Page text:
I don’t use vulgarities. That’s my choice.
They were never heard in my household when I was growing up. I was taught the usage of vulgarities was in poor taste and simply made people sound silly and uneducated more than anything else.
Some people use them all the time, and that’s their right. I personally think the spoken “f” word in every other sentence sounds foolish. But that’s just me. I don’t care how other people speak. I’ll take care of myself and they can do likewise.
Except I do have one qualification that I’d like to make in that regards. One of my pet peeves is when a speaker of another language high-jacks the “f” word and other vulgarities into their regular English speech. If you are doing it to impress, it doesn’t. If you are doing it for emphasis, it’s a fail after the first ten times. So let me first give you an example of what I’m talking about and then I’ll tell you why I don’t like it.
A few weeks back I was at a fast food restaurant, and there were three high school students sitting there talking. One of them spoke as if he learned that rule that any time a word that starts with a letter after the “f” in the alphabet, then that word must be preceded by another word starting with the letter “f” – a four letter word variety, no less. I could tell that the students were very proficient in English – probably attended an international school, but I could also tell that English wasn’t their first language. As the boy cursed up a storm, I thought how ridiculously stupid he sounded and I asked myself this question: “Would he be speaking the same way if he was in his native language and his mother was sitting with him?”
I’m guessing the answer is ‘no.’ I’ve always felt that language learning gives people license to do and say things that they normally wouldn’t do in their native language. Part of it is the glut of English media which glorifies coarseness and vulgarities – movie, TV, music. We all know the drill. Everyone is so desensitized that those words don’t shock us anymore. They no longer hold the gravitas they used to. Remember the scene from “A Christmas Story” when the boy says “fudge” and the soap is inserted into mouth? That’s what our neighborhood was like. Well, no more. Is it Hollywood affecting how people speak or reflecting how people speak? It’s not clear, but the end result is the same.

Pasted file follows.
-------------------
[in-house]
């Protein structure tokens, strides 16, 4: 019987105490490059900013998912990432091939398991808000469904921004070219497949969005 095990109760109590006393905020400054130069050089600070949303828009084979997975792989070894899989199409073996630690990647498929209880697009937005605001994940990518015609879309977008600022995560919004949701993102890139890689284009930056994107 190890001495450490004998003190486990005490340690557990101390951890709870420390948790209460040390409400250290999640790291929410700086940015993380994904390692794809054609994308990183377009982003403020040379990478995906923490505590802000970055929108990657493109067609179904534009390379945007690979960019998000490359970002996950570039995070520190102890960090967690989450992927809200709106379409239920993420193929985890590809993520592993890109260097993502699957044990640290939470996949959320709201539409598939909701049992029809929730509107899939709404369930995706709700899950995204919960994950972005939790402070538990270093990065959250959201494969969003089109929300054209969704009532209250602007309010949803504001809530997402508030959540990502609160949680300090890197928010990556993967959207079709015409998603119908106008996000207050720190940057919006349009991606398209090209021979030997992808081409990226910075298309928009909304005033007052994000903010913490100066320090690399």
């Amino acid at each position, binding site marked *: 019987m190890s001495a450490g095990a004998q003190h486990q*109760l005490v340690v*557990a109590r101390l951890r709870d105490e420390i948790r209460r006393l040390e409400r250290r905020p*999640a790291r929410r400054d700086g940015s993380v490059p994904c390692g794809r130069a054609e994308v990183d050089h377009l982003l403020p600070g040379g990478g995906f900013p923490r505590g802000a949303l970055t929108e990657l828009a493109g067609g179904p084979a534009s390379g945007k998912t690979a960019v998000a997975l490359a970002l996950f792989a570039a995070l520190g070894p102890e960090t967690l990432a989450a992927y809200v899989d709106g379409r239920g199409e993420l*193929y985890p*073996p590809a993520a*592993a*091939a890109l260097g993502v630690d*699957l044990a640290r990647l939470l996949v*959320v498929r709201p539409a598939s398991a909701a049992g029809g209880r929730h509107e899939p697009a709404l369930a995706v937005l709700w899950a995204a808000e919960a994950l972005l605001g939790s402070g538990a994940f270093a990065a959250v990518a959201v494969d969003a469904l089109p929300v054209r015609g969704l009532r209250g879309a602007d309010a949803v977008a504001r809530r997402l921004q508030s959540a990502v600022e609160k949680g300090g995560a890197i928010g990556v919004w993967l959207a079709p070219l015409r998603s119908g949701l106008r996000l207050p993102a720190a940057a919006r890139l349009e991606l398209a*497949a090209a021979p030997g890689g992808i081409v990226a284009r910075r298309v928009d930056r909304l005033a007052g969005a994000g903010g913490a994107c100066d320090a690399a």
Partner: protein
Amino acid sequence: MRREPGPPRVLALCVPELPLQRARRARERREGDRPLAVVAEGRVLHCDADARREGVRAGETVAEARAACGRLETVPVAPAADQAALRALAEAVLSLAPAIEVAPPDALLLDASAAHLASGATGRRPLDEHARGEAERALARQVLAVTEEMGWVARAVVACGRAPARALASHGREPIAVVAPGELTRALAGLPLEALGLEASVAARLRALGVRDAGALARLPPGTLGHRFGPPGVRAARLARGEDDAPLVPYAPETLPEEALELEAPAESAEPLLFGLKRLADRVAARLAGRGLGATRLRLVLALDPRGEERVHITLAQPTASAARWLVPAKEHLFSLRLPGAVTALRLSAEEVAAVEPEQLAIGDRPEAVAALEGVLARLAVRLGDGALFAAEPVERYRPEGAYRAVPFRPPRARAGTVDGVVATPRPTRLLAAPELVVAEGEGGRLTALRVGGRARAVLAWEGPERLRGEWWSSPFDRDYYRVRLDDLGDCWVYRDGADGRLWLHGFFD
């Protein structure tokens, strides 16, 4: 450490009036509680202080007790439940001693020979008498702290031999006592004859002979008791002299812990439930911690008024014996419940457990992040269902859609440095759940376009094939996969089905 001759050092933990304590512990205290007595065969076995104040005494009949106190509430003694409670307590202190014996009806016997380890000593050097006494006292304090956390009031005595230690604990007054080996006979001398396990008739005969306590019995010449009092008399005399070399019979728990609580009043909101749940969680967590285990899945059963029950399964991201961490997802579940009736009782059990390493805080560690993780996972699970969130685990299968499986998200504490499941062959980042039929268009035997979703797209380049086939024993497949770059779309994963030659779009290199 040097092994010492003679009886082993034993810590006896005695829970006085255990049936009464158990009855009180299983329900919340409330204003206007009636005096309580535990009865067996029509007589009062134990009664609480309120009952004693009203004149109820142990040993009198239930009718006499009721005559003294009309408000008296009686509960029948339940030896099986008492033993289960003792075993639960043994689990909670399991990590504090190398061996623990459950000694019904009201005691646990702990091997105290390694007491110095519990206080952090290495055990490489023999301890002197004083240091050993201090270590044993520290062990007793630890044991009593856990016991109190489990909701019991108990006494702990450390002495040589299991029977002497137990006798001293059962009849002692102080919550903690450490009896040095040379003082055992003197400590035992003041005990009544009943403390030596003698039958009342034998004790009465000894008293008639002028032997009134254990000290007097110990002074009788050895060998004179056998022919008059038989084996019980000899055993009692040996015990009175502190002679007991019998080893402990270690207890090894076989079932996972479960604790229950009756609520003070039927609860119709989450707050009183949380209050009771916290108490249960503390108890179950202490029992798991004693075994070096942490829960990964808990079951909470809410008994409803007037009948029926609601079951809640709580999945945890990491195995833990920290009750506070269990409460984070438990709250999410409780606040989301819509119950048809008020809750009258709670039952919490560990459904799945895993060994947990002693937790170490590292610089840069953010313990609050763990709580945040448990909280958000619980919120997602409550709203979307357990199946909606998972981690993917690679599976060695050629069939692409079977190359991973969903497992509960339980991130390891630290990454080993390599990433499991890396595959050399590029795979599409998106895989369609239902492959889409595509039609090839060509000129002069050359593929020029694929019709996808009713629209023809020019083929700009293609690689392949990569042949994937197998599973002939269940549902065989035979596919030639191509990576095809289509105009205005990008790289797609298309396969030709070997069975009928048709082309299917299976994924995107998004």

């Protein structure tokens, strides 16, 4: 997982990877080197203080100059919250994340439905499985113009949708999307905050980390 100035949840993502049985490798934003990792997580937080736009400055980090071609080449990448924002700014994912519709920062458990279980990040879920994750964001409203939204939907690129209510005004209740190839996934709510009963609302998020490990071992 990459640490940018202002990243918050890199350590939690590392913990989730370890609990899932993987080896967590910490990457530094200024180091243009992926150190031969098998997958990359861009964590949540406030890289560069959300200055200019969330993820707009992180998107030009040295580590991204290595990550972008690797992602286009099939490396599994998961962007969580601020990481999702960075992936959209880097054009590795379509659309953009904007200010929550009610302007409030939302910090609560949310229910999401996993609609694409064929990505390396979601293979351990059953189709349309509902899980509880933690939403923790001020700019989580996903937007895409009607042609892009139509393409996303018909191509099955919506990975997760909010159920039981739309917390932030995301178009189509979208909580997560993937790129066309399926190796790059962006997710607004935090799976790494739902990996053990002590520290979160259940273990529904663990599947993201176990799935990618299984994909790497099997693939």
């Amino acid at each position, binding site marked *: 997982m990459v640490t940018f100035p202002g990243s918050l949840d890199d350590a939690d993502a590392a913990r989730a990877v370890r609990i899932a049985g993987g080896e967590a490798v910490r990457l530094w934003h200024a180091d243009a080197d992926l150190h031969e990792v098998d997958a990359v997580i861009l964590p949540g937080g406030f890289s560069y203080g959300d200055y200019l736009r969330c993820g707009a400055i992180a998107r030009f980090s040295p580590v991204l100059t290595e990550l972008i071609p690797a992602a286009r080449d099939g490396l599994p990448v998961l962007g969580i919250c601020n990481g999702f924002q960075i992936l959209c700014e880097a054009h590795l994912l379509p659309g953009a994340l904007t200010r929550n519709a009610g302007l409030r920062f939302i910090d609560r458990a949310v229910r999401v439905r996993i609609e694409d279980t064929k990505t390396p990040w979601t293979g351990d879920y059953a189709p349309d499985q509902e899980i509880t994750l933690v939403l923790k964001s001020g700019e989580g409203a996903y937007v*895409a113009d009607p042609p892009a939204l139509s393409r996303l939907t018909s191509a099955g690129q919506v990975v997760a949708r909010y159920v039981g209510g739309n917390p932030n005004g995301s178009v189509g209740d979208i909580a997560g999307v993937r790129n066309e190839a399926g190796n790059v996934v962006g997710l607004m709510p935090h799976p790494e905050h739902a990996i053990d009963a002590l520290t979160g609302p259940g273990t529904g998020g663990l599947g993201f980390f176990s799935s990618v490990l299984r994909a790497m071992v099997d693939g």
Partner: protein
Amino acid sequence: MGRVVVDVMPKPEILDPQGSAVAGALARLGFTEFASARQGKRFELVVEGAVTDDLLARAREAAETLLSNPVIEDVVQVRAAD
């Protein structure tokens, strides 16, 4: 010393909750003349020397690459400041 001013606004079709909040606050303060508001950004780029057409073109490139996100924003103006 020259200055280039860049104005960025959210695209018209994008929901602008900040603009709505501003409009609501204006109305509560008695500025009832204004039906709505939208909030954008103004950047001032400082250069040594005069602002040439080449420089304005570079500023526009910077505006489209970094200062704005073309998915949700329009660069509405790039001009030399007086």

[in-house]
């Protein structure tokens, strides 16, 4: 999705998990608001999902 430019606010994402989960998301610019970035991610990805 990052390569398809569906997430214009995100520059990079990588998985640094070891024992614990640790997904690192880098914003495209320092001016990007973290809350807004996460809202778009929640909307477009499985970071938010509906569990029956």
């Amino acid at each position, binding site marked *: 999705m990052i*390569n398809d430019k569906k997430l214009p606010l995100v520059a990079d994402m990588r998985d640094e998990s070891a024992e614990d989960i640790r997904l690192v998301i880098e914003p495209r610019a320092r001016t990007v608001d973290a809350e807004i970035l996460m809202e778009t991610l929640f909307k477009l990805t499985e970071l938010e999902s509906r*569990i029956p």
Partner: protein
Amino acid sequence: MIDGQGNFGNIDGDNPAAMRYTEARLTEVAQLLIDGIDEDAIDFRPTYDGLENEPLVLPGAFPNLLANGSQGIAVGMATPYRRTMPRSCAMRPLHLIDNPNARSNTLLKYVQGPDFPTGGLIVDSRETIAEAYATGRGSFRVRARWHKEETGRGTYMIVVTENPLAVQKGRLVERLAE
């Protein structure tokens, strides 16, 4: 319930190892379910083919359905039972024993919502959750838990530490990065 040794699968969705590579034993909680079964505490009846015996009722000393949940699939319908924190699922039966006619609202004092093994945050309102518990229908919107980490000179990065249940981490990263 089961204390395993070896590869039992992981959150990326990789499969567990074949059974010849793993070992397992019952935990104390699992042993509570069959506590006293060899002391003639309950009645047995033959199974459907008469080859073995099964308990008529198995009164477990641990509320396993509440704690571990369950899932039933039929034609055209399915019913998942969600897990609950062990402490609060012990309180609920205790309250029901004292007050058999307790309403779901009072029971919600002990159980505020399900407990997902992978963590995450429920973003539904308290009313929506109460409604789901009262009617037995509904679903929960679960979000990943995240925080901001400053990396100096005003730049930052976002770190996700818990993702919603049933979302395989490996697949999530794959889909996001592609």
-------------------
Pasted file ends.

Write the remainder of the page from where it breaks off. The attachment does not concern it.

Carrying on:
I think another reason why some second-language learners may speak so coarsely is because they don’t understand that there still are a good number of people who don’t speak that way and don’t care to hear it every other word. Well, there are.
As a writer, I’ve learned that you can have a vulgar character without having your character speak vulgarities. This, in my estimation, is more effective. It’s a cheap trick which eventually means nothing when choice words become common place. One strategically placed vulgarity is MUCH more effective than 100 vulgarities machined-gunned over the page. In my writing, I will occasionally use a profanity only to make a strong point that cannot, in my estimation, be made otherwise. I think having characters who constantly use foul language is lazy writing. Again, that’s my opinion. I’m sure others will disagree.
But getting back to swearing in your second language, here is the rule of thumb that I think people should use. If you regularly speak vulgarities in your native language, frequently peppering them around in conversations with adults and kids alike, then feel free to do the same in English. After all, I want you to be yourself. Don’t change on my account.
However, if you are only hijacking English in order to spread your vulgar ideas around, then I would say that I don’t want to hear them anymore than your mother does.
Be consistent in your swearing habits.